MCH News. 1998 Jul; (9):5, 9.This statement was released in Geneva on 1 May 1998: In a concerted effort to stop the mother-to-child transmission of HIV, the Joint United Nations Programme on HIV/AIDS (UNAIDS) and its co-sponsors the World Health Organization (WHO) and the United Nations Children's Fund (UNICEF) have developed a comprehensive set of guidelines that support the use of alternatives to breastfeeding for infants born to women infected with HIV, the virus that causes AIDS. The guidelines are intended to help governments devise national policies to reduce the risk of HIV transmission through breastfeeding and to assist health care managers in providing services and support to this end. The guidelines stress the importance of protecting, promoting and supporting breastfeeding as the best method of feeding for infants whose mothers are HIV-negative or who do not know their HIV status. But at the same time, they recognize the need to support alternatives to breastfeeding for mothers who test positive for the human immunodeficiency virus. (excerpt)
Evaluation of United Nations-supported pilot projects for the prevention of mother-to-child transmission of HIV. Overview of findings.
New York, New York, UNICEF, 2003. 47 p. (HIV / AIDS Working Paper)This overview report presents key findings from an evaluation of UN- supported pilot PMTCT projects in eleven countries, including: Botswana, Burundi, Cote d'Ivoire, Honduras, India, Kenya, Rwanda, Tanzania, Uganda, Zambia, and Zimbabwe. Key findings discuss: feasibility and coverage; factors contributing to programme coverage; programme challenges; scaling-up; the special case of low prevalence countries; and recommendations. Recommendations include: To increase coverage and improve infant feeding counseling: supplement clinic staff with lay counselors; introduce rapid HIV tests so women can receive same day counseling, HIV testing, and test results; improve the quality of HIV and infant feeding counseling by providing job aids and active supervision; offer support to PMTCT providers including material support and peer psychosocial support; partner with community groups to offer community education and outreach; and expand the vision of PMTCT to encompass an active role for fathers and male partners. To strengthen postnatal support and follow up of HIV- infected women and their infant to assist them with infant feeding, getting care for themselves and their families, and to evaluate the program: establish national infant feeding guidelines; establish postnatal follow-up protocols; forge partnerships between the PMTCT program and NGO care and support groups; Enhance referral links between PMTCT programs and HIV care; New measurement tools and systems should be developed. To scale up PMTCT programs the findings suggest: expand to new sites but enlarge the scope of activities within existing sites to reach more women; and provide a comprehensive package of HIV prevention and care. The pilot experience has shown that introducing PMTCT programs into antenatal care in a wide variety of settings is feasible and acceptable to a significant proportion of antenatal care clients who have a demand for HIV information, counseling, and testing. As they go to scale, PMTCT programs have much to learn from the pilot phase, during which they successfully reached hundreds of thousands of clients. (author's)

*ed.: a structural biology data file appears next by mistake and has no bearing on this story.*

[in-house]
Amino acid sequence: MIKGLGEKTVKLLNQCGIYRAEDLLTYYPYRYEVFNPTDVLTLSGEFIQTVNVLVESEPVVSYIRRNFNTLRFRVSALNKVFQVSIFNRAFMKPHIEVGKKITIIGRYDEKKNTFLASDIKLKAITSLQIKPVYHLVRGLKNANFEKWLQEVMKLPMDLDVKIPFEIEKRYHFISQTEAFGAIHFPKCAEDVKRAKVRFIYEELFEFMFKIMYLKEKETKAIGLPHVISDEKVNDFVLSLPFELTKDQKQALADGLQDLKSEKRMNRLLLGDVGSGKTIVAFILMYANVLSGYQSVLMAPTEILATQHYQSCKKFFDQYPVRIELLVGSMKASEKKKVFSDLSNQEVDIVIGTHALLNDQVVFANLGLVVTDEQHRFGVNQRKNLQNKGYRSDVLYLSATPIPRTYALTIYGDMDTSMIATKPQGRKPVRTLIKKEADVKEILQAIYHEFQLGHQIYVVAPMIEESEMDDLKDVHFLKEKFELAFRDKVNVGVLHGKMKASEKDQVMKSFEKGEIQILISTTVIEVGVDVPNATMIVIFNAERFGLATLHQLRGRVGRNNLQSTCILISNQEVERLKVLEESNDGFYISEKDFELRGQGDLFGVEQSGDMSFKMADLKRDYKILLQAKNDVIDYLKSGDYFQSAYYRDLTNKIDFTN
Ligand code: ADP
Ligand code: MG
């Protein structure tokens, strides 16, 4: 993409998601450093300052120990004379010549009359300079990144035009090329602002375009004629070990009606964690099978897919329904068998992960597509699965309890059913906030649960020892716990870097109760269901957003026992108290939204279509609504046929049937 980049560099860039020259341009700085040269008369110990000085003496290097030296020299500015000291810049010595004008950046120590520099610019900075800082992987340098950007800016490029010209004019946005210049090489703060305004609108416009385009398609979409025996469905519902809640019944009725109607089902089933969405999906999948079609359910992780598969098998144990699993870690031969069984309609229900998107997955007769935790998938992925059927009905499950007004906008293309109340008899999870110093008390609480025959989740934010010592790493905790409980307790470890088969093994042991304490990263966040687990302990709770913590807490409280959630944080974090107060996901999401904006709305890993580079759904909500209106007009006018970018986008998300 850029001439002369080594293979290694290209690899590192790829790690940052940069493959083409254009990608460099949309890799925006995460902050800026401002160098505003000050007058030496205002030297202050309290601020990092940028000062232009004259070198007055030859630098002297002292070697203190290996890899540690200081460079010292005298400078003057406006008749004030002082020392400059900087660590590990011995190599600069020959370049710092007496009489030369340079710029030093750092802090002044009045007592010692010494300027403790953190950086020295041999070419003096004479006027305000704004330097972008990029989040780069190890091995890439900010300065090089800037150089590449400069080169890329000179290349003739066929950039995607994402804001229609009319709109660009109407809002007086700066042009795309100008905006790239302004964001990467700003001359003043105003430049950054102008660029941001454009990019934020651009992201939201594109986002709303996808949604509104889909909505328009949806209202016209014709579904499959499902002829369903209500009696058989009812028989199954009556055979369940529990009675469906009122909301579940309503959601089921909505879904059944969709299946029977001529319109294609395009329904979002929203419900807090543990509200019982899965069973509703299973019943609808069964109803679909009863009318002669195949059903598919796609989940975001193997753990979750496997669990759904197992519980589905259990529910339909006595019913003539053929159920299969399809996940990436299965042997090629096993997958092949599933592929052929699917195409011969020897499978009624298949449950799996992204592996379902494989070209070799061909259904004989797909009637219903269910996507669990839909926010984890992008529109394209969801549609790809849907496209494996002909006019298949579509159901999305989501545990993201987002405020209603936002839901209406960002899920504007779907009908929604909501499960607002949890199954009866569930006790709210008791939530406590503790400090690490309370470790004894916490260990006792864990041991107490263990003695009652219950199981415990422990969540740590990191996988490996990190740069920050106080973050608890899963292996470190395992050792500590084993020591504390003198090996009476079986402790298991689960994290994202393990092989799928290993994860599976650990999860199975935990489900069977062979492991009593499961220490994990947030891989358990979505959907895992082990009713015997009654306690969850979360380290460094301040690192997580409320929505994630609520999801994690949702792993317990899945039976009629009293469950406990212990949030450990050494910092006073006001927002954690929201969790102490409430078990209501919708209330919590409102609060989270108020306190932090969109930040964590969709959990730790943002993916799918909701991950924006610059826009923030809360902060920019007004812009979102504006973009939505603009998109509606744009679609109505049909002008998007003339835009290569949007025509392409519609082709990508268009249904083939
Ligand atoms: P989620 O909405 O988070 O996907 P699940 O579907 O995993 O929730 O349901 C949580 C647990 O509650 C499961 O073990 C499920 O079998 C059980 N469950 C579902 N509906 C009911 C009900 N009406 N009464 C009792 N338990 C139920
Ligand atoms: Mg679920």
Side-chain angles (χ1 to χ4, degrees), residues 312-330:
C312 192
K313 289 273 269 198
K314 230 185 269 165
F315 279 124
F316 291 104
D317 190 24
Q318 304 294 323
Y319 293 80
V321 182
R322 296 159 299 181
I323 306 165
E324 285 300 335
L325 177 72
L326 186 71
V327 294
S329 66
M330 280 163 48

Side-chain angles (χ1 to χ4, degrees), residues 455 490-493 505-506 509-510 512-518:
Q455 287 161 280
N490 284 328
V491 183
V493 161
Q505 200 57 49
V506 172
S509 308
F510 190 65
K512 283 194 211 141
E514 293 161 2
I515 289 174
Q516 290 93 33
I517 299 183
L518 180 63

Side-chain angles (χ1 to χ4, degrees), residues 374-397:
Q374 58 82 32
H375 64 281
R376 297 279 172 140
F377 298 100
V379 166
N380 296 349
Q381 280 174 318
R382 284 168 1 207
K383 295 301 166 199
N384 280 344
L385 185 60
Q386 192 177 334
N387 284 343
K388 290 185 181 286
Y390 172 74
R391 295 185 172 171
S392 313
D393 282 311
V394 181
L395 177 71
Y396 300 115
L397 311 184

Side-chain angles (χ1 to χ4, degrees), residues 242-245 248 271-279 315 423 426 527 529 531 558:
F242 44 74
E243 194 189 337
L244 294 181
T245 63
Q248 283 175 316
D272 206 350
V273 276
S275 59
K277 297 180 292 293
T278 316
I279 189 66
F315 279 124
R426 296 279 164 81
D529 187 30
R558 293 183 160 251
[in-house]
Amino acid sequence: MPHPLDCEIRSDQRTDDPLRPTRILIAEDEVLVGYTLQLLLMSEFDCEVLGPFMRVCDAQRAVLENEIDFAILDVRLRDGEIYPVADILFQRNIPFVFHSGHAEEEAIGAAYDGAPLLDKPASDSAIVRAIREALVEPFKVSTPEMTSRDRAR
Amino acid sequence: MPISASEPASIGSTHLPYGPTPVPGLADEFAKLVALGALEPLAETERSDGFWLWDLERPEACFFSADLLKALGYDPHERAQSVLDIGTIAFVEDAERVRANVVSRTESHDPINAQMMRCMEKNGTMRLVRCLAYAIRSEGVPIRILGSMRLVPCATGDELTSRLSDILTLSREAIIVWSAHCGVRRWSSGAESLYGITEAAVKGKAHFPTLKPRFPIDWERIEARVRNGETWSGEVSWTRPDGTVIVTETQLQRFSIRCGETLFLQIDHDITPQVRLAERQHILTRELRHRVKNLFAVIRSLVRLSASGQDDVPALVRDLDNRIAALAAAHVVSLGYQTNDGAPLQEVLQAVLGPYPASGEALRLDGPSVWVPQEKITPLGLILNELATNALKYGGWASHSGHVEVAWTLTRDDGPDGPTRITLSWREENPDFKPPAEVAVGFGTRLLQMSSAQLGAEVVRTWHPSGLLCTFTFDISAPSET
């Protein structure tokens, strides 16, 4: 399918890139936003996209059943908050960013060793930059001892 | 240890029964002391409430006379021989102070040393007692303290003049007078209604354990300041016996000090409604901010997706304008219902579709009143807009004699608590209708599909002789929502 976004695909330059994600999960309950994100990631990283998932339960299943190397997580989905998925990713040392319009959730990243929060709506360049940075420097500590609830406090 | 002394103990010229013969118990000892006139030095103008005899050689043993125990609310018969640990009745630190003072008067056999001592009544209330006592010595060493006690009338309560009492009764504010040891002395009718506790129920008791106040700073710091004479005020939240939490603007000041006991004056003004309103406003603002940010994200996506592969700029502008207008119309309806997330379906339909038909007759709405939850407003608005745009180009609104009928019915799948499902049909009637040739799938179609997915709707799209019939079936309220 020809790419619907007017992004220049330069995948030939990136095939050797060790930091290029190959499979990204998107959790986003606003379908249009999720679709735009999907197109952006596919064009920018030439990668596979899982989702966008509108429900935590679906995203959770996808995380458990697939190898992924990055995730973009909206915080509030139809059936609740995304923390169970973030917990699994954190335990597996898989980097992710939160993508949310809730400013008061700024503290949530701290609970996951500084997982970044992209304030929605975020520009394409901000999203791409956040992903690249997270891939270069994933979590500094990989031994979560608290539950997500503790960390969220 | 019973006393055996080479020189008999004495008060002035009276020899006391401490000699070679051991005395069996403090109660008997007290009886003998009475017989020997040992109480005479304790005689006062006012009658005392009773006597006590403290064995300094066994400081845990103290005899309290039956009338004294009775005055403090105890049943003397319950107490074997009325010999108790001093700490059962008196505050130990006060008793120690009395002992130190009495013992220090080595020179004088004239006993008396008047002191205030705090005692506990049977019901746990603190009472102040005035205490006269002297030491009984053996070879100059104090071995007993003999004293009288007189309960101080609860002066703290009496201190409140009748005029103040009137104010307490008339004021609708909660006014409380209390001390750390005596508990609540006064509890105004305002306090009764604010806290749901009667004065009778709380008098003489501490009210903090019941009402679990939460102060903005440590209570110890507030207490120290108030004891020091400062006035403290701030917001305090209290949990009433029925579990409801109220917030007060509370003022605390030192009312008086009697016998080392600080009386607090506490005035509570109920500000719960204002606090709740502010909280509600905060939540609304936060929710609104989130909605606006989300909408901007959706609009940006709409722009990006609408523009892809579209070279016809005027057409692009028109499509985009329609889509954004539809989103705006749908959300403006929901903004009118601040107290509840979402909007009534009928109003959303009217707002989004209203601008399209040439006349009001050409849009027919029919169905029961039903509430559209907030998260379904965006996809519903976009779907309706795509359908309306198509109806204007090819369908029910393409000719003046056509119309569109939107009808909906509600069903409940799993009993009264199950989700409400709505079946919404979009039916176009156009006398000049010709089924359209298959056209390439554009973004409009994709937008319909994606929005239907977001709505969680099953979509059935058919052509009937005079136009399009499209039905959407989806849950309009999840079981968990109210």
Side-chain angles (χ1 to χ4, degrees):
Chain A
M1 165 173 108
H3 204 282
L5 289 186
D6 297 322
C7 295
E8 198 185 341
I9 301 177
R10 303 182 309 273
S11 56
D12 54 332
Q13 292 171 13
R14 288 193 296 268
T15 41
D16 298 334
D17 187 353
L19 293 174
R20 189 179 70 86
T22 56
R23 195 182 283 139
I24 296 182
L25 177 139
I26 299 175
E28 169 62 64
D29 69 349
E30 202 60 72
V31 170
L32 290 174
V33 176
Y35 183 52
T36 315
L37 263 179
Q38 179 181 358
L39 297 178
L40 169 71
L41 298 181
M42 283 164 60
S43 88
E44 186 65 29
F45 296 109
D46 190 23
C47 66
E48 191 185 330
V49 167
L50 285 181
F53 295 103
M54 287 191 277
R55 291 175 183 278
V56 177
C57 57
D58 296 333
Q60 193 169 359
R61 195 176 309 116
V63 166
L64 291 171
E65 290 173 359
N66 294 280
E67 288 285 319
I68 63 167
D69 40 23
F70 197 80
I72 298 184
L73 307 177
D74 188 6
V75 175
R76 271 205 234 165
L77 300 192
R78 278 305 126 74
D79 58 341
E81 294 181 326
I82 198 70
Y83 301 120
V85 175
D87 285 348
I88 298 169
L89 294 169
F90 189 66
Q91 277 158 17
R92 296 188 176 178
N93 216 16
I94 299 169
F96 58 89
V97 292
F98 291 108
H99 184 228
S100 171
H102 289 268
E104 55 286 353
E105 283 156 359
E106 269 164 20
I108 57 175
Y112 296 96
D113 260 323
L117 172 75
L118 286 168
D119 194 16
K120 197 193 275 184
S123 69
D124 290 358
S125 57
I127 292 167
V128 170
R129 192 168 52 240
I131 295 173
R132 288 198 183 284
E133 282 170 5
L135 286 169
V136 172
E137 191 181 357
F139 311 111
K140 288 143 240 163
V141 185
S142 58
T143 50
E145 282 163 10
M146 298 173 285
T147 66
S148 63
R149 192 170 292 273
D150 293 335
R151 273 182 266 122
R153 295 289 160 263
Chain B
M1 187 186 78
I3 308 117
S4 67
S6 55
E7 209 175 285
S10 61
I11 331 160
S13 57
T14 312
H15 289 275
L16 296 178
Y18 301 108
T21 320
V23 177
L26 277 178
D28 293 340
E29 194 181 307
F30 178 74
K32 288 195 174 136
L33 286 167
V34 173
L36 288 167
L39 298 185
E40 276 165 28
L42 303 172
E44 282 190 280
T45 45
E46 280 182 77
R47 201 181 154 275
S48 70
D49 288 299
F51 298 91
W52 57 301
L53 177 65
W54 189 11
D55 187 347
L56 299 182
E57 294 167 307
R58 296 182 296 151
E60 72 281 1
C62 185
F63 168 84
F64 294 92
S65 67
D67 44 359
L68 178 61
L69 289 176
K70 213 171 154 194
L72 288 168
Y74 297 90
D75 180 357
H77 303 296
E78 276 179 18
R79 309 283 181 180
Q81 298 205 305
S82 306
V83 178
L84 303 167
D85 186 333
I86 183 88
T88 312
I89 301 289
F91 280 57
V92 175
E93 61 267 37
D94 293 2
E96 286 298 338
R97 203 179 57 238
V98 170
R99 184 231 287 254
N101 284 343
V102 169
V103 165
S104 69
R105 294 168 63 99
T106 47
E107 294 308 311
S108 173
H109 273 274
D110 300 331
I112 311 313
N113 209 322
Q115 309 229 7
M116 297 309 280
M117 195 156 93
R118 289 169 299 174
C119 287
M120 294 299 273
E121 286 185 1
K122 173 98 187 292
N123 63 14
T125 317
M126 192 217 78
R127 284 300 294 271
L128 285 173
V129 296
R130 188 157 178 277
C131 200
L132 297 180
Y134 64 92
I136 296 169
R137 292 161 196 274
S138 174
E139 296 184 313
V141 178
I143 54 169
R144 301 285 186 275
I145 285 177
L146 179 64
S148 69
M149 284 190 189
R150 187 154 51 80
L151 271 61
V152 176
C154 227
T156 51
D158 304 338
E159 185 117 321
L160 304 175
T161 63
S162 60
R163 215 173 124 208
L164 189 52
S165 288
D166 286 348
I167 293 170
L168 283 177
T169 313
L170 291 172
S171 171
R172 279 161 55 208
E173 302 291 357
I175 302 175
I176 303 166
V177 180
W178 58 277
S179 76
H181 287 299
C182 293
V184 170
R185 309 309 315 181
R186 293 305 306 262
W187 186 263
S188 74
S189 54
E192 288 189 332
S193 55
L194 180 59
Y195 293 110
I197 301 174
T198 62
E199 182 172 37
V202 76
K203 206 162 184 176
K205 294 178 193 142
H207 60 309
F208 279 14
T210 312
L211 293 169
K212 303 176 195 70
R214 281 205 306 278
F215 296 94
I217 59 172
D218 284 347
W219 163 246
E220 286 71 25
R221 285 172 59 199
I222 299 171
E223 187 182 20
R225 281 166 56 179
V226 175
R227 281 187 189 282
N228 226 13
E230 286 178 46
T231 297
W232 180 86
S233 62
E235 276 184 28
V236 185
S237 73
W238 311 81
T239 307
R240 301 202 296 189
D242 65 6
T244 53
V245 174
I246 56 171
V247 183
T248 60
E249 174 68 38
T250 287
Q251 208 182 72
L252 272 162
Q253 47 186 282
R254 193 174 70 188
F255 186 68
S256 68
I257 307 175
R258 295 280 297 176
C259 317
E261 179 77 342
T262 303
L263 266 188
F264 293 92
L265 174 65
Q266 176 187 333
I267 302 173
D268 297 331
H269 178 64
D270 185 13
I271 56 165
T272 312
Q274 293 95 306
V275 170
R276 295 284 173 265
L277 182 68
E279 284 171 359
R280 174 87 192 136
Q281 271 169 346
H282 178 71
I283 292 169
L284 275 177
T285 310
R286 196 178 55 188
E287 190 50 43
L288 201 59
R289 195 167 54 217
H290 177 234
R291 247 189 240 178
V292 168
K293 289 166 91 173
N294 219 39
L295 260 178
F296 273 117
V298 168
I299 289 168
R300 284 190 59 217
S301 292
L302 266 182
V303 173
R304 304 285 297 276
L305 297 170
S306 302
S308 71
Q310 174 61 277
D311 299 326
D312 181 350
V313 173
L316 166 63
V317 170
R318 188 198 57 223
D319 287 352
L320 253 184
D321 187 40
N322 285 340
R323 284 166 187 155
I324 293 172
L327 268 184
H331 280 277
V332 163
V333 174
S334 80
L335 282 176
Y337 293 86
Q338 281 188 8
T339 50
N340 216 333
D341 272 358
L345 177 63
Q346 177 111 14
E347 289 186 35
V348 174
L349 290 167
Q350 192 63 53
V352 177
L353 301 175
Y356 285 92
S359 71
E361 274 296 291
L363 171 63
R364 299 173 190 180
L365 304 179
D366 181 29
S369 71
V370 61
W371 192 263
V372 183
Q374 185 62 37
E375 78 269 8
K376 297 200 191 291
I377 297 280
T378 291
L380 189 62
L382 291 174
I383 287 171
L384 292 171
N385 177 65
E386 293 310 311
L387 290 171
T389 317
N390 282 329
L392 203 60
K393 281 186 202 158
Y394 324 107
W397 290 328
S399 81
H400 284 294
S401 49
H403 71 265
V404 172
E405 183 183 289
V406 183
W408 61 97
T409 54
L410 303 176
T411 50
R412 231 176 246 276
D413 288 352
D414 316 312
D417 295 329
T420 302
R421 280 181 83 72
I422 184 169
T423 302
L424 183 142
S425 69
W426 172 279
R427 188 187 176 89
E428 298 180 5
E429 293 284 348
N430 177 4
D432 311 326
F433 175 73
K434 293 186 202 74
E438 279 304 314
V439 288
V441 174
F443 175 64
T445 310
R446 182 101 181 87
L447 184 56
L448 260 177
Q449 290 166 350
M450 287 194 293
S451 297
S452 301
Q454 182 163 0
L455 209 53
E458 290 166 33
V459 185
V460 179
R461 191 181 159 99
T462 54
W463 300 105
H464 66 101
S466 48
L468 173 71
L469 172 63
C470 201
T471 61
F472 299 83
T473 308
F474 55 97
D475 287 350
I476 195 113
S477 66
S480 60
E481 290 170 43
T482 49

New York, New York, UNICEF, 1999 Aug.  p.If every baby were exclusively breastfed from birth, an estimated 1.5 million lives would be saved each year. And not just saved, but enhanced, because breastmilk is the perfect food for a baby's first six months of life - no manufactured product can equal it. Virtually all children benefit from breastfeeding, regardless of where they live. Breastmilk has all the nutrients babies need to stay healthy and grow. It protects them from diarrhoea and acute respiratory infections - two leading causes of infant death. It stimulates their immune systems and response to vaccinations. It contains hundreds of health-enhancing antibodies and enzymes. It requires no mixing, sterilization or equipment. And it is always the right temperature. Children who are breastfed have lower rates of childhood cancers, including leukaemia and lymphoma. They are less susceptible to pneumonia, asthma, allergies, childhood diabetes, gastrointestinal illnesses and infections that can damage their hearing. Studies suggest that breastfeeding is good for neurological development. And breastfeeding offers a benefit that cannot be measured: a natural opportunity to communicate love at the very beginning of a child's life. Breastfeeding provides hours of closeness and nurturing every day, laying the foundation for a caring and trusting relationship between mother and child. (excerpt)